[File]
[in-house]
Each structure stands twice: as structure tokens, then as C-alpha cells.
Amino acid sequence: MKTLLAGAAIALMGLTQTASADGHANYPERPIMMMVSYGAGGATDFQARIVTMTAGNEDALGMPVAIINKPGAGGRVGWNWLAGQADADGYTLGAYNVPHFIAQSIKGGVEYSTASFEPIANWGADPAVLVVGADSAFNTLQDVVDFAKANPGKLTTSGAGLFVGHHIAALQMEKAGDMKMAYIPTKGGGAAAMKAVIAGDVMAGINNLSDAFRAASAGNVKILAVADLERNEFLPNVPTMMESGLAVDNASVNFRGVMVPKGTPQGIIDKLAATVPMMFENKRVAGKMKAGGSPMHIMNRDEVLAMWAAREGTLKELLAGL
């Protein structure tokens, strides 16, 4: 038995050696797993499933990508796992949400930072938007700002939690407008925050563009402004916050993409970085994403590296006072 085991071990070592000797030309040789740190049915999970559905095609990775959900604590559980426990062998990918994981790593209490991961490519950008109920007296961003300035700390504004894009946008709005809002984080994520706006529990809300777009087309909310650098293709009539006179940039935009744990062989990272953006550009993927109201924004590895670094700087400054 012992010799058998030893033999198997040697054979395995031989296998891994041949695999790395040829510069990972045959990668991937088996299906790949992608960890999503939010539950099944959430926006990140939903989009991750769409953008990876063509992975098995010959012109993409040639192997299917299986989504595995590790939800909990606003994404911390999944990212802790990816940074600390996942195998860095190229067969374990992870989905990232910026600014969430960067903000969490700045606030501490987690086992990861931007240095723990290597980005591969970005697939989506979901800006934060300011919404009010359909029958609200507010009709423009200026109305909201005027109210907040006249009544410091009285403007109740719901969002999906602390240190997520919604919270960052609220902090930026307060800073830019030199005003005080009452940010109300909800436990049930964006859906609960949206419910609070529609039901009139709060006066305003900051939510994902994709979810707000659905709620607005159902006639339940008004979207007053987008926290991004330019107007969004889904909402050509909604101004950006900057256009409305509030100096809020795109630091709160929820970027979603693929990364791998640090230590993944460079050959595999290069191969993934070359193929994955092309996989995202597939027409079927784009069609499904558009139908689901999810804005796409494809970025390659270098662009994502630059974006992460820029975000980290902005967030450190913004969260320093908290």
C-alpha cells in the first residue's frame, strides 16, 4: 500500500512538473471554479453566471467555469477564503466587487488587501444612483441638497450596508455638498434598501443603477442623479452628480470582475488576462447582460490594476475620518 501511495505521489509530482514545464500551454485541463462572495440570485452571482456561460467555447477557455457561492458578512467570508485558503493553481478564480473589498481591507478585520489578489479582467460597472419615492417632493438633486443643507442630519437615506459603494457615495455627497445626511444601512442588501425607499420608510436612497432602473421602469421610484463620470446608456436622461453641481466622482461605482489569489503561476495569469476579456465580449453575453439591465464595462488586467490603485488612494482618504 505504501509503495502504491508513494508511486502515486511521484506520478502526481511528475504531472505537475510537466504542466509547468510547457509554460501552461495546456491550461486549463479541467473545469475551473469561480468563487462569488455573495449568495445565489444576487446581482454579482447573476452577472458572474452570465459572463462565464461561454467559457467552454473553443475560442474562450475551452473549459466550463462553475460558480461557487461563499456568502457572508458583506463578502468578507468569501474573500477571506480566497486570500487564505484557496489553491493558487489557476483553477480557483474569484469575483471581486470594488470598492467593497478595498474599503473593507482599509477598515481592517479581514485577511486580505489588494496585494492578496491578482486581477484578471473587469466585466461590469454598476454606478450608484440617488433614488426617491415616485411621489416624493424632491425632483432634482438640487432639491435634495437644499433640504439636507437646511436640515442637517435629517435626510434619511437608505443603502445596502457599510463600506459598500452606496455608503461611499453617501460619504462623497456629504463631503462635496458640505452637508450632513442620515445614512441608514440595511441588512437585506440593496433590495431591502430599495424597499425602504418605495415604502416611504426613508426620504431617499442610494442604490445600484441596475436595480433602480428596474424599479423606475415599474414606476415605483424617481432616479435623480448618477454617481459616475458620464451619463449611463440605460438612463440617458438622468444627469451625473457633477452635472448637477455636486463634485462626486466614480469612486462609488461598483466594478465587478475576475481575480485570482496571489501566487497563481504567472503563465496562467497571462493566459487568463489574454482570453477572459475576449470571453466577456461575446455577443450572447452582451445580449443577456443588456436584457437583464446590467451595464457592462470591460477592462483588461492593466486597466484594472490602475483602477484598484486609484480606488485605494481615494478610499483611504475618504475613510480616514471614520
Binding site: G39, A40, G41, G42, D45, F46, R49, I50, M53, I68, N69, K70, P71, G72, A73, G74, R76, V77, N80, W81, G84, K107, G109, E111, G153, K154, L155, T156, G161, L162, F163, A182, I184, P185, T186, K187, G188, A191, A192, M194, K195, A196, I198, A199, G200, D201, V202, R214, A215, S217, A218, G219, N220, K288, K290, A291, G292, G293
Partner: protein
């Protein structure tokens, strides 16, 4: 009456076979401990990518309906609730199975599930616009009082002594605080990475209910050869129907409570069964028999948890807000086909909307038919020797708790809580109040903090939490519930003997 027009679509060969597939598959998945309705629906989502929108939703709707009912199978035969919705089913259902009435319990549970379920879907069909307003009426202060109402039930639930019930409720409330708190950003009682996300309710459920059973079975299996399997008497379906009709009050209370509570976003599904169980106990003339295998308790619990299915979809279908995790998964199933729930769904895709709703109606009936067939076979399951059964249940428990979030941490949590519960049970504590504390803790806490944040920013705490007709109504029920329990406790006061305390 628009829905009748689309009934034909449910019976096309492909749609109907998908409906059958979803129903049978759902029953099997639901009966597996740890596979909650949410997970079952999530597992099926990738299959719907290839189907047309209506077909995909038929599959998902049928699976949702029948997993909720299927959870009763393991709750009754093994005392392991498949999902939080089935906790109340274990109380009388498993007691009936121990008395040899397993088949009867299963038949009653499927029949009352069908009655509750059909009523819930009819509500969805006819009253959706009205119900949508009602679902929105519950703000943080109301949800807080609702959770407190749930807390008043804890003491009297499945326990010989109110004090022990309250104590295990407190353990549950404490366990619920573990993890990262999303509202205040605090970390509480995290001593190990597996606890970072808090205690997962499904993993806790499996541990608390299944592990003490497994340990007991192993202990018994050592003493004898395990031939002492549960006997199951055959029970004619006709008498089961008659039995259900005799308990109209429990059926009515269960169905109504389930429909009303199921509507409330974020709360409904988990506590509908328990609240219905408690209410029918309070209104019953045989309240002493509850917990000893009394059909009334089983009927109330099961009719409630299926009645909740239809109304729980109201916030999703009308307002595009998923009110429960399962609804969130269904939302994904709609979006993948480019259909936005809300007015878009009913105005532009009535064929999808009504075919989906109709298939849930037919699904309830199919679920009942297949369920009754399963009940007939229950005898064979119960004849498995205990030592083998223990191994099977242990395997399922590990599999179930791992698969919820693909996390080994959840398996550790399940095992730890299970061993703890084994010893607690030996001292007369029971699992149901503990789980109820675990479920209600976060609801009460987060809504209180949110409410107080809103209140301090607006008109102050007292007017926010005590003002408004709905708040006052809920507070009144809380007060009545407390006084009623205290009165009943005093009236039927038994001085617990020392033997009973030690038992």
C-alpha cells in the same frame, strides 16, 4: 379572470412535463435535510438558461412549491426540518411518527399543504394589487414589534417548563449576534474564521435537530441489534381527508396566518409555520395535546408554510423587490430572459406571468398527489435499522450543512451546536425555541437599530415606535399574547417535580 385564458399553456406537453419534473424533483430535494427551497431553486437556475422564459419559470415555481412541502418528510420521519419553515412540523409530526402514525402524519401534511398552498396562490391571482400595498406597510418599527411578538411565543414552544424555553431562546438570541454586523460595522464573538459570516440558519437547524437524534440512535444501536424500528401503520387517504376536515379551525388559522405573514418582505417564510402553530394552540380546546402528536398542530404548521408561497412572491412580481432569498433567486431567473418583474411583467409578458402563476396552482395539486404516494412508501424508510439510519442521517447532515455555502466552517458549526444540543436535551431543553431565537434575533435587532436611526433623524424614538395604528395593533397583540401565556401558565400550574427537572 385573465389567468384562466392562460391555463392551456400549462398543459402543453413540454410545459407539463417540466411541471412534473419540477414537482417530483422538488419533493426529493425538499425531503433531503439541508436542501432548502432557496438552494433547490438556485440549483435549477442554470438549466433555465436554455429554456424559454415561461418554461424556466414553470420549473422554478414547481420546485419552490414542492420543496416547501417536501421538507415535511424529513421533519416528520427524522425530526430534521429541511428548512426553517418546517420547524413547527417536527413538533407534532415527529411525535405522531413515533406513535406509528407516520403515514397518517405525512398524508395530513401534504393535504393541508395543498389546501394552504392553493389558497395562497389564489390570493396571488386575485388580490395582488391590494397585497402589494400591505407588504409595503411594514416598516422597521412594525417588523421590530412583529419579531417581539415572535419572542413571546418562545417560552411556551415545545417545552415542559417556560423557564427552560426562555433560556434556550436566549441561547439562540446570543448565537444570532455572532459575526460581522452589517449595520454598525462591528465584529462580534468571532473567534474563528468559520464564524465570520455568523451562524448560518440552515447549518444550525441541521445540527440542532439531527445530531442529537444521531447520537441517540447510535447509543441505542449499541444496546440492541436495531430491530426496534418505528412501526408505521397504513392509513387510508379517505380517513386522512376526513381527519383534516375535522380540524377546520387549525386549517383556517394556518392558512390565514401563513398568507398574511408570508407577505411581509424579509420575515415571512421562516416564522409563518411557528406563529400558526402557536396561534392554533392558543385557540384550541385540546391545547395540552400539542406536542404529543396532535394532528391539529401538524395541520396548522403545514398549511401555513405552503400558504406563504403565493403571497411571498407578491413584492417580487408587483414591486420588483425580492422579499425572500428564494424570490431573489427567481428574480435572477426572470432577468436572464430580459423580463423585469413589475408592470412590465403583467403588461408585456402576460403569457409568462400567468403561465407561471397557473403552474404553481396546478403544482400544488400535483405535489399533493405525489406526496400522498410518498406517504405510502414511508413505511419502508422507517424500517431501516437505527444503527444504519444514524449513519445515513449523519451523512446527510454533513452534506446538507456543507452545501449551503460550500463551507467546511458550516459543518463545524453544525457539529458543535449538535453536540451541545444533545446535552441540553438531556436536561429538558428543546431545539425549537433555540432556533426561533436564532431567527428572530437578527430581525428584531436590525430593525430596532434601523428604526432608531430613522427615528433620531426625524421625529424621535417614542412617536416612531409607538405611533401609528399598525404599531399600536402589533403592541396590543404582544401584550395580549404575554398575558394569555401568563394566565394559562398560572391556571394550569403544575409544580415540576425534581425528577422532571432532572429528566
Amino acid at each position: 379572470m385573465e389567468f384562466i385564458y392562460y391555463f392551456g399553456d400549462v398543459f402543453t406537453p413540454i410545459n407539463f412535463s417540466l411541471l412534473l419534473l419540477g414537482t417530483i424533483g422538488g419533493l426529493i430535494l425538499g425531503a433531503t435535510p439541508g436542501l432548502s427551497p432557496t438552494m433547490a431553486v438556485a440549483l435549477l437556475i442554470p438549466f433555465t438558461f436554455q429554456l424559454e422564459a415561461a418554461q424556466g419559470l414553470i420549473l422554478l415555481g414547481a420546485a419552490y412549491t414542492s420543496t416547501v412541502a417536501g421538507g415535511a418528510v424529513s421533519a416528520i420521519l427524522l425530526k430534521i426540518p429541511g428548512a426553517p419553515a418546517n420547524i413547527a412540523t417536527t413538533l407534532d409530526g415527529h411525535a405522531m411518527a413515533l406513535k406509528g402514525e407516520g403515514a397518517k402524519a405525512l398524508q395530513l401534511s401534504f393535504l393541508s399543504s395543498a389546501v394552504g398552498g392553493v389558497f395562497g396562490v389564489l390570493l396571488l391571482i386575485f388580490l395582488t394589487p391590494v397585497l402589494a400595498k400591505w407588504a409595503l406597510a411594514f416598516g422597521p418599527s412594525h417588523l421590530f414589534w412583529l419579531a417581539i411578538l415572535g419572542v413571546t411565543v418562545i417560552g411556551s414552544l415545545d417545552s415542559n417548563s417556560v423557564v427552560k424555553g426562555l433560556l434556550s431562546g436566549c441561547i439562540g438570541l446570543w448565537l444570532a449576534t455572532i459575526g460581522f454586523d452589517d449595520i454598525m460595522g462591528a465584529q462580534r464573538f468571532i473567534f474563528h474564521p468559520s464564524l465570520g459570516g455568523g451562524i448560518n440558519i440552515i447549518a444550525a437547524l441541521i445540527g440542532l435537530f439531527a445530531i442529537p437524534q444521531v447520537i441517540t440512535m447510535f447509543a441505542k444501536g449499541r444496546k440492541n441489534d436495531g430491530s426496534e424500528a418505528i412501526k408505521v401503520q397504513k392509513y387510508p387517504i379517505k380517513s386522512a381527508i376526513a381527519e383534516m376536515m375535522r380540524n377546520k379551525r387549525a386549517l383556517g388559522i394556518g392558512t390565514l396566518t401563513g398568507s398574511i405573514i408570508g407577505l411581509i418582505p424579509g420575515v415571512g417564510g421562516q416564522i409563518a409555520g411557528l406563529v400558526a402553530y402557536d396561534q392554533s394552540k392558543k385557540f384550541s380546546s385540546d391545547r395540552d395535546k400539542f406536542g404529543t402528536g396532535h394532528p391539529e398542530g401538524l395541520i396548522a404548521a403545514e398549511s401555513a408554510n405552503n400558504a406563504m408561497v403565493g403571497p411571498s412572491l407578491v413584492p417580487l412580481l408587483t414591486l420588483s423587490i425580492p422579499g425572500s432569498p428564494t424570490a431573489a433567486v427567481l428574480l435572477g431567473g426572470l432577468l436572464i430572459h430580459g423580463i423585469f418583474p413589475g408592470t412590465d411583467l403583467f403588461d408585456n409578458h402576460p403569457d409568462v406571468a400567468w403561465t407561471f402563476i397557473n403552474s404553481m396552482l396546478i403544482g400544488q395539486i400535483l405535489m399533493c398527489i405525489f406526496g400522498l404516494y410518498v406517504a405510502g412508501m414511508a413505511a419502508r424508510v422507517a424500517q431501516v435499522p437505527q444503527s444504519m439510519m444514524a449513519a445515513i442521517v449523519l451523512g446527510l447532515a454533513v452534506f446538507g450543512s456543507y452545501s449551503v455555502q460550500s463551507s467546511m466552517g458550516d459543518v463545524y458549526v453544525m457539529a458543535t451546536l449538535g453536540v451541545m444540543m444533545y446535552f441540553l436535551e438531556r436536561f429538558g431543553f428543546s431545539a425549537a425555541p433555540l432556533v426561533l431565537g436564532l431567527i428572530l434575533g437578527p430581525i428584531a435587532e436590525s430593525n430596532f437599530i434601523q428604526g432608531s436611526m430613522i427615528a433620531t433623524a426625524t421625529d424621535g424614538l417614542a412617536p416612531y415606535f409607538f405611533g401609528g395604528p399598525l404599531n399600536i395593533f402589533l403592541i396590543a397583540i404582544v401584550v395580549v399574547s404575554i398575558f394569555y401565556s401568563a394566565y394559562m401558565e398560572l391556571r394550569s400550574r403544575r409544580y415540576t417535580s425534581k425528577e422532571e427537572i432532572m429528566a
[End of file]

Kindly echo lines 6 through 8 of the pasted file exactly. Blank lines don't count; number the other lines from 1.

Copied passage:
Binding site: G39, A40, G41, G42, D45, F46, R49, I50, M53, I68, N69, K70, P71, G72, A73, G74, R76, V77, N80, W81, G84, K107, G109, E111, G153, K154, L155, T156, G161, L162, F163, A182, I184, P185, T186, K187, G188, A191, A192, M194, K195, A196, I198, A199, G200, D201, V202, R214, A215, S217, A218, G219, N220, K288, K290, A291, G292, G293
Partner: protein
């Protein structure tokens, strides 16, 4: 009456076979401990990518309906609730199975599930616009009082002594605080990475209910050869129907409570069964028999948890807000086909909307038919020797708790809580109040903090939490519930003997 027009679509060969597939598959998945309705629906989502929108939703709707009912199978035969919705089913259902009435319990549970379920879907069909307003009426202060109402039930639930019930409720409330708190950003009682996300309710459920059973079975299996399997008497379906009709009050209370509570976003599904169980106990003339295998308790619990299915979809279908995790998964199933729930769904895709709703109606009936067939076979399951059964249940428990979030941490949590519960049970504590504390803790806490944040920013705490007709109504029920329990406790006061305390 628009829905009748689309009934034909449910019976096309492909749609109907998908409906059958979803129903049978759902029953099997639901009966597996740890596979909650949410997970079952999530597992099926990738299959719907290839189907047309209506077909995909038929599959998902049928699976949702029948997993909720299927959870009763393991709750009754093994005392392991498949999902939080089935906790109340274990109380009388498993007691009936121990008395040899397993088949009867299963038949009653499927029949009352069908009655509750059909009523819930009819509500969805006819009253959706009205119900949508009602679902929105519950703000943080109301949800807080609702959770407190749930807390008043804890003491009297499945326990010989109110004090022990309250104590295990407190353990549950404490366990619920573990993890990262999303509202205040605090970390509480995290001593190990597996606890970072808090205690997962499904993993806790499996541990608390299944592990003490497994340990007991192993202990018994050592003493004898395990031939002492549960006997199951055959029970004619006709008498089961008659039995259900005799308990109209429990059926009515269960169905109504389930429909009303199921509507409330974020709360409904988990506590509908328990609240219905408690209410029918309070209104019953045989309240002493509850917990000893009394059909009334089983009927109330099961009719409630299926009645909740239809109304729980109201916030999703009308307002595009998923009110429960399962609804969130269904939302994904709609979006993948480019259909936005809300007015878009009913105005532009009535064929999808009504075919989906109709298939849930037919699904309830199919679920009942297949369920009754399963009940007939229950005898064979119960004849498995205990030592083998223990191994099977242990395997399922590990599999179930791992698969919820693909996390080994959840398996550790399940095992730890299970061993703890084994010893607690030996001292007369029971699992149901503990789980109820675990479920209600976060609801009460987060809504209180949110409410107080809103209140301090607006008109102050007292007017926010005590003002408004709905708040006052809920507070009144809380007060009545407390006084009623205290009165009943005093009236039927038994001085617990020392033997009973030690038992």